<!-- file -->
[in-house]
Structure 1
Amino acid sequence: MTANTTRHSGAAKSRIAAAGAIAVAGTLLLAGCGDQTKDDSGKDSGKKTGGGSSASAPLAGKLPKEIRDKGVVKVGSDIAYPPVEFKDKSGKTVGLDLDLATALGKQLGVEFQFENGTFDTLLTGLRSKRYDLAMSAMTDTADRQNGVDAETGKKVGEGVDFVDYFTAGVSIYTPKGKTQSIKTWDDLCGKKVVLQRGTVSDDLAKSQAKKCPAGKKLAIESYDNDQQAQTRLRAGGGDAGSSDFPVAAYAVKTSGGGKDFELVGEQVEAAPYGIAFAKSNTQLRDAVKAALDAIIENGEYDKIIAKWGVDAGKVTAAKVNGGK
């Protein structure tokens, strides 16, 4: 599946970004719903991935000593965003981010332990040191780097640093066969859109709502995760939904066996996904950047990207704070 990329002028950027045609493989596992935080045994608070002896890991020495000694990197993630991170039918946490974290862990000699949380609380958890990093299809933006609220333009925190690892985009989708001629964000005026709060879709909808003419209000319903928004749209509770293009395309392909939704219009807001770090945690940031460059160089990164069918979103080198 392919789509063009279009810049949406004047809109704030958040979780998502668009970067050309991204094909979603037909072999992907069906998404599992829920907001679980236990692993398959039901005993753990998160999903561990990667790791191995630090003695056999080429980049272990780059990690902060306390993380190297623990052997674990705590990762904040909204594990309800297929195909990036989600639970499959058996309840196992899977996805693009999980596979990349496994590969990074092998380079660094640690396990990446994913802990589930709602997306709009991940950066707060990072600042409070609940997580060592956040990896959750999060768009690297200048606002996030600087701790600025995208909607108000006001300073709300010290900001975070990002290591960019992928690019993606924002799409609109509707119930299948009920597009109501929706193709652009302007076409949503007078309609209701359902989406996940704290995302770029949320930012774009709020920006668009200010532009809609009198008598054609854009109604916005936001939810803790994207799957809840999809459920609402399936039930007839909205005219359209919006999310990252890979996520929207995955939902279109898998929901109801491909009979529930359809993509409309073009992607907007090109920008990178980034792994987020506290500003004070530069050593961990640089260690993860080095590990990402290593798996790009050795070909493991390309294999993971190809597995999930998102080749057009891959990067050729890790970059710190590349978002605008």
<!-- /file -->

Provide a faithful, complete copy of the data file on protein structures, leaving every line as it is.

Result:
[in-house]
Structure 1
Amino acid sequence: MTANTTRHSGAAKSRIAAAGAIAVAGTLLLAGCGDQTKDDSGKDSGKKTGGGSSASAPLAGKLPKEIRDKGVVKVGSDIAYPPVEFKDKSGKTVGLDLDLATALGKQLGVEFQFENGTFDTLLTGLRSKRYDLAMSAMTDTADRQNGVDAETGKKVGEGVDFVDYFTAGVSIYTPKGKTQSIKTWDDLCGKKVVLQRGTVSDDLAKSQAKKCPAGKKLAIESYDNDQQAQTRLRAGGGDAGSSDFPVAAYAVKTSGGGKDFELVGEQVEAAPYGIAFAKSNTQLRDAVKAALDAIIENGEYDKIIAKWGVDAGKVTAAKVNGGK
């Protein structure tokens, strides 16, 4: 599946970004719903991935000593965003981010332990040191780097640093066969859109709502995760939904066996996904950047990207704070 990329002028950027045609493989596992935080045994608070002896890991020495000694990197993630991170039918946490974290862990000699949380609380958890990093299809933006609220333009925190690892985009989708001629964000005026709060879709909808003419209000319903928004749209509770293009395309392909939704219009807001770090945690940031460059160089990164069918979103080198 392919789509063009279009810049949406004047809109704030958040979780998502668009970067050309991204094909979603037909072999992907069906998404599992829920907001679980236990692993398959039901005993753990998160999903561990990667790791191995630090003695056999080429980049272990780059990690902060306390993380190297623990052997674990705590990762904040909204594990309800297929195909990036989600639970499959058996309840196992899977996805693009999980596979990349496994590969990074092998380079660094640690396990990446994913802990589930709602997306709009991940950066707060990072600042409070609940997580060592956040990896959750999060768009690297200048606002996030600087701790600025995208909607108000006001300073709300010290900001975070990002290591960019992928690019993606924002799409609109509707119930299948009920597009109501929706193709652009302007076409949503007078309609209701359902989406996940704290995302770029949320930012774009709020920006668009200010532009809609009198008598054609854009109604916005936001939810803790994207799957809840999809459920609402399936039930007839909205005219359209919006999310990252890979996520929207995955939902279109898998929901109801491909009979529930359809993509409309073009992607907007090109920008990178980034792994987020506290500003004070530069050593961990640089260690993860080095590990990402290593798996790009050795070909493991390309294999993971190809597995999930998102080749057009891959990067050729890790970059710190590349978002605008």